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Preview — The Social Contract by Robert Ardrey
The Social Contract: A Personal Inquiry into the Evolutionary Sources of Order and Disorder
“Violation of biological command has been the failure of social man. Vertebrates though we may be, we have ignored the law of equal opportunity since civilization’s earliest hours. Sexually reproducing beings though we are, we pretend today that the law of inequality does not exist. And enlightened though we may be, while we pursue the unattainable we make impossible the r ...more
Hardcover, 1st, 415 pages
Published June 1st 1970 by Atheneum (NY)
(first published January 1st 1970)
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The 3rd in Ardrey's series, The Social Contract extrapolates on the points of the previous two books - that of humanity and of our territorial imperative - in order to derive a social order more in line with our true nature, with a sly wink at Rousseau's more pollyannish work of the same title.
Absolutely brilliant. It took me a long time to read beaus of the unrelenting flow of concepts, building on his previous books in the genre, and ending with a climax all of its own. Once again, I had to pause to appreciate the joy of Ardrey's prose. He is a master of the English language, and gifted with a depth of understanding of the fundamental human condition that leaves one quite breathless. Anyone who chooses to ignore this magnificent work will be immeasurably poorer for it.
Wonderfully engrossing and instructive, and how relevant today, je suis Charlie. African Genesis has it all, really, but this is another read that I wish featured somewhere in our school curricula; whether under science, philosophy, history or literature; who cares, and who cares if all the science is bang up to date or if one disagrees with any of it; it should be there.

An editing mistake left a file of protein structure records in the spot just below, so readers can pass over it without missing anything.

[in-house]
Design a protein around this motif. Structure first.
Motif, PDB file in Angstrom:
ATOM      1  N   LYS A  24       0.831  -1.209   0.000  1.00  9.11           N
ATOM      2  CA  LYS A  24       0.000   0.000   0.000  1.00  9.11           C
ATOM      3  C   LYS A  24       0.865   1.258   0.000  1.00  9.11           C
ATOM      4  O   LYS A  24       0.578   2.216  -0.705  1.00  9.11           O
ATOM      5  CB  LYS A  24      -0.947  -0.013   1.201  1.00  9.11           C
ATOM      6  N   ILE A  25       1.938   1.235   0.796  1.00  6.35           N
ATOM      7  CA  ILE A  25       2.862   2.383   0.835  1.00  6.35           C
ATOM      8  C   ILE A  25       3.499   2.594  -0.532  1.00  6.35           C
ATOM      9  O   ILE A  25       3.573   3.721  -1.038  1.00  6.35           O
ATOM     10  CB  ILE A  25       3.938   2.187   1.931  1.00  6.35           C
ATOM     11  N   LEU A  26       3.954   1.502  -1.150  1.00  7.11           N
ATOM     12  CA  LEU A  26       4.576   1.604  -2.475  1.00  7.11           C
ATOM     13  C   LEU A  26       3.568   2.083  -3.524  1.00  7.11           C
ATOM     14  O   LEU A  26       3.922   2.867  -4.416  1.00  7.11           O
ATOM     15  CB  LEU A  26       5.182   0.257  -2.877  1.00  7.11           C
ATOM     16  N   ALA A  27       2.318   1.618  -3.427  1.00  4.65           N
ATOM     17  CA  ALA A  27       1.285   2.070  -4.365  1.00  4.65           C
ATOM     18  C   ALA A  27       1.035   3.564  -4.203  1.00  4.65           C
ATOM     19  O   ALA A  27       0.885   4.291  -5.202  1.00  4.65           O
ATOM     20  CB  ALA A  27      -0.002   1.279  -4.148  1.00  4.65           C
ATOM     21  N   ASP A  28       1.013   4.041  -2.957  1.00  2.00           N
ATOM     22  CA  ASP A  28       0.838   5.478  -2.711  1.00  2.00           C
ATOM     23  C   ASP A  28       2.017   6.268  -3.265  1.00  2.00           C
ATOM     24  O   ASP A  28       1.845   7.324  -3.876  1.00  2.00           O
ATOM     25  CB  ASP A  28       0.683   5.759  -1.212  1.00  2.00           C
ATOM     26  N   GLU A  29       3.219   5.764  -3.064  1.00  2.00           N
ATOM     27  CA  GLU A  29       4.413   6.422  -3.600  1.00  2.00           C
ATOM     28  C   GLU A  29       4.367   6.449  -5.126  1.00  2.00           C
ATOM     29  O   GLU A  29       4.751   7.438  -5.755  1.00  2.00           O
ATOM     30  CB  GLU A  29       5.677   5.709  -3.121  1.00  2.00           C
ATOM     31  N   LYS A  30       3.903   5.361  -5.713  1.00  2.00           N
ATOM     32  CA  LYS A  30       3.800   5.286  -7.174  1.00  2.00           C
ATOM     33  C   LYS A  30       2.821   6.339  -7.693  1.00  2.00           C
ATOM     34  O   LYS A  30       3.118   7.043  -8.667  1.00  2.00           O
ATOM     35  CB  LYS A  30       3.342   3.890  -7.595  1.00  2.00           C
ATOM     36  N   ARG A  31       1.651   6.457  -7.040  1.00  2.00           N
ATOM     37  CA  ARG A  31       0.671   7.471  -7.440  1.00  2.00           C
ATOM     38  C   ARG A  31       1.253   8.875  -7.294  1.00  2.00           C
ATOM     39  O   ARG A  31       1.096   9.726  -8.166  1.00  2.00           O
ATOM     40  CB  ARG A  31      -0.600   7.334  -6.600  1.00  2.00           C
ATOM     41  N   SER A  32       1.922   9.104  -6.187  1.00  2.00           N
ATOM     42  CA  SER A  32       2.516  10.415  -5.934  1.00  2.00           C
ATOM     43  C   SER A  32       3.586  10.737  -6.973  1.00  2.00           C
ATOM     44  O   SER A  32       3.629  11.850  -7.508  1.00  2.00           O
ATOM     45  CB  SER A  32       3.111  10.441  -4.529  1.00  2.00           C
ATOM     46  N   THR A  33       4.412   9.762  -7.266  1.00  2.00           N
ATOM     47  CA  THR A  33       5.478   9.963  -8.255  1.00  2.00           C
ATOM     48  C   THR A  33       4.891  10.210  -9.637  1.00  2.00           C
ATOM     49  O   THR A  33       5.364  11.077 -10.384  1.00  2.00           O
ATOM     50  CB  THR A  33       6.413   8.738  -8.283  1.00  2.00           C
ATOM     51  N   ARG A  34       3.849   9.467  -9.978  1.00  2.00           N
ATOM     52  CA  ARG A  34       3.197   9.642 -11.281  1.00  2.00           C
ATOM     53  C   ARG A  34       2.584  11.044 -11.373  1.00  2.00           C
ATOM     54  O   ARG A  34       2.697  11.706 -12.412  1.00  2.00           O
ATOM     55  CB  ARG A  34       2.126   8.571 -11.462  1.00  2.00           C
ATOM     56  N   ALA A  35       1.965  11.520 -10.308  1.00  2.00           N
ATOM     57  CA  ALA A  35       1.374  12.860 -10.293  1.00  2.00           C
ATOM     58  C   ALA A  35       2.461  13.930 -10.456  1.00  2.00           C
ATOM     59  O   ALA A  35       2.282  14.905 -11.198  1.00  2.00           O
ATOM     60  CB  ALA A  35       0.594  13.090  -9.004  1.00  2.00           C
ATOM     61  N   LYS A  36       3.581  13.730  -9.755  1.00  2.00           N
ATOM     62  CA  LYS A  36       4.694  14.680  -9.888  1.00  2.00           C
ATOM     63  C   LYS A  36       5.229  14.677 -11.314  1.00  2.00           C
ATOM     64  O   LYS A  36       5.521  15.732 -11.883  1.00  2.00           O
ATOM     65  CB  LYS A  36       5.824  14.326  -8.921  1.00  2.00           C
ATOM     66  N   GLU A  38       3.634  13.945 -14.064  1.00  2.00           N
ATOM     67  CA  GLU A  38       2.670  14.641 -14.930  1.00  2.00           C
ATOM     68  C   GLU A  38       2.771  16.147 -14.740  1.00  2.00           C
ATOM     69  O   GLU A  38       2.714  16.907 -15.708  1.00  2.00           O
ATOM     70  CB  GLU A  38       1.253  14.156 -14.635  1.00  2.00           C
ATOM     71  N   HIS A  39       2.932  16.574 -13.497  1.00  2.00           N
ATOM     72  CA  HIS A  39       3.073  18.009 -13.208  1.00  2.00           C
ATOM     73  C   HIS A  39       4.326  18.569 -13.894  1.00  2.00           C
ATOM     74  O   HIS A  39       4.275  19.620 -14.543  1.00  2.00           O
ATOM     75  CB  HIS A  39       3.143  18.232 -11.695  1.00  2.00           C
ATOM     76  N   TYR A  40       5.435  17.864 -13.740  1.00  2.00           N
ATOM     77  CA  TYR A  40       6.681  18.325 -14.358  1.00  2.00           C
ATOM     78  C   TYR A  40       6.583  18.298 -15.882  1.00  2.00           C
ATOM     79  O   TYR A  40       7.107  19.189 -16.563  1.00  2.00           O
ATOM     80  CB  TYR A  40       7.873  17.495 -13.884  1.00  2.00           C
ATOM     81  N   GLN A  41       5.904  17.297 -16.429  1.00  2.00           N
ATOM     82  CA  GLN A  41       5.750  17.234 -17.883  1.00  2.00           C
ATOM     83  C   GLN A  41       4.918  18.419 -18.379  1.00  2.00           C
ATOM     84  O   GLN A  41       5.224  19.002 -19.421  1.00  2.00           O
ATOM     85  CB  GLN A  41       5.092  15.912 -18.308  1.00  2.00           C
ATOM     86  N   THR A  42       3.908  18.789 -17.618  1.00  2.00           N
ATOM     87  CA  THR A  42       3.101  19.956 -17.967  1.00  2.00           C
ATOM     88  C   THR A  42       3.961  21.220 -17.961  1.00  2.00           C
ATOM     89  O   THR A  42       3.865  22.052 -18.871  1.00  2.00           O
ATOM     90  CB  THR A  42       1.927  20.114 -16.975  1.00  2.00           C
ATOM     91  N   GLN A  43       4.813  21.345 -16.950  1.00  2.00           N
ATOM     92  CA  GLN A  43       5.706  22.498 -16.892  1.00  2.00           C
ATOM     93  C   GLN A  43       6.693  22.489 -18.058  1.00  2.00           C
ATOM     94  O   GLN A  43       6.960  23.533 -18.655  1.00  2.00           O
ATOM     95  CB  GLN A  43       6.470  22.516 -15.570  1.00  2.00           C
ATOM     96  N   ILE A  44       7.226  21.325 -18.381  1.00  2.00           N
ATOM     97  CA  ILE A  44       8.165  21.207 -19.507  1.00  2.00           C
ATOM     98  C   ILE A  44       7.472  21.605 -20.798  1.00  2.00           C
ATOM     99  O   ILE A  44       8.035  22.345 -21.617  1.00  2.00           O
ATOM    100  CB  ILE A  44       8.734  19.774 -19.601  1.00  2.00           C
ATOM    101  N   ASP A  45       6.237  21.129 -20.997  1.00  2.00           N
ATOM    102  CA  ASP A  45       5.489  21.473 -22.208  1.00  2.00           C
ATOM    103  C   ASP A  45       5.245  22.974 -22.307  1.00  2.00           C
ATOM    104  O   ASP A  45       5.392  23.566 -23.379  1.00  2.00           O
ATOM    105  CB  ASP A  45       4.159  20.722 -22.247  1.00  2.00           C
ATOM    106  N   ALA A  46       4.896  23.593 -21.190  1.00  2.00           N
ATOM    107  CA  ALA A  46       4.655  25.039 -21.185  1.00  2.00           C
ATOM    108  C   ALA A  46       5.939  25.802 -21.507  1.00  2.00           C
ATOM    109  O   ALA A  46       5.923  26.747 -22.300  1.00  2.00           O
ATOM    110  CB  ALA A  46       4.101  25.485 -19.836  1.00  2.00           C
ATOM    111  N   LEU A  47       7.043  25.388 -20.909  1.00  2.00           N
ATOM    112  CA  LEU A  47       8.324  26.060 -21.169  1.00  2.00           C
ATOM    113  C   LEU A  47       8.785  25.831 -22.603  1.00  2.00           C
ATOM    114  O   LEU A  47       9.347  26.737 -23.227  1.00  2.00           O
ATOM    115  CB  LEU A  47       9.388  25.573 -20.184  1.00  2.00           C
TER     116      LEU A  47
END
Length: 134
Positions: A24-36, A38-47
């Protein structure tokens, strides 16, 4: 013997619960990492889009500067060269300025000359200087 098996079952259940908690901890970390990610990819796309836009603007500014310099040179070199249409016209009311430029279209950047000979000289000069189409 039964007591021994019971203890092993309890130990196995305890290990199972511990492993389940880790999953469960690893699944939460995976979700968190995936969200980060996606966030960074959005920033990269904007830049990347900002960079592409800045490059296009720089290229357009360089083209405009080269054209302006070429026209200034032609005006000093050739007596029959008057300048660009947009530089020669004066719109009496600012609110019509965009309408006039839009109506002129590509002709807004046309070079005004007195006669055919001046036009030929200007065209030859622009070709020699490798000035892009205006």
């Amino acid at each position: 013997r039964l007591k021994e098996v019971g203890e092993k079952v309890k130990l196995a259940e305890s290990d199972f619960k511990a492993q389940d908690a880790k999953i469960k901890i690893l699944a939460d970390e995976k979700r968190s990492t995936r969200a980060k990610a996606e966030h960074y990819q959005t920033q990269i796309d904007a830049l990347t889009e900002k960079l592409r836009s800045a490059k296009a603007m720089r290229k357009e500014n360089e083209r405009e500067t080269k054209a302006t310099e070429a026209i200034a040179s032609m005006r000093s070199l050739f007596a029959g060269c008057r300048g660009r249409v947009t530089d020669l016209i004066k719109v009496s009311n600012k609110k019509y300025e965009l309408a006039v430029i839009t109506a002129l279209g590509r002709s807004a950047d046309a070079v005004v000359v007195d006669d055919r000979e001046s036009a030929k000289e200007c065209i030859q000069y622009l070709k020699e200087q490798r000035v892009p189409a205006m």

I enjoyed it at the time I read it, and it wasn't until later that I really understood how specious it was (pun not intended). Problematically diverges from essential humanism. Makes wild inductive leaps and is loaded with fallacies. It may be possible to draw something out along these lines but it would take vastly more work and knowledge than this playwright had within him. At the very least it is entertaining though, and not necessarily wrong, just a pretender to objectivity lurking in a very ...more
Outdated and unpopular ideas on the biological and cultural evolution of man written by the man who originated the "Killer Ape" theory. Interesting, but it becomes quickly apparent as to why the theory never caught on. The guys a hack. Don't waste your time with this one.
Robert Ardrey (born October 16, 1908, Chicago, Illinois—died January 14, 1980, South Africa) was an American playwright and screenwriter who returned to his academic training in anthropology and the behavioral sciences in the 1950sMore about Robert Ardrey...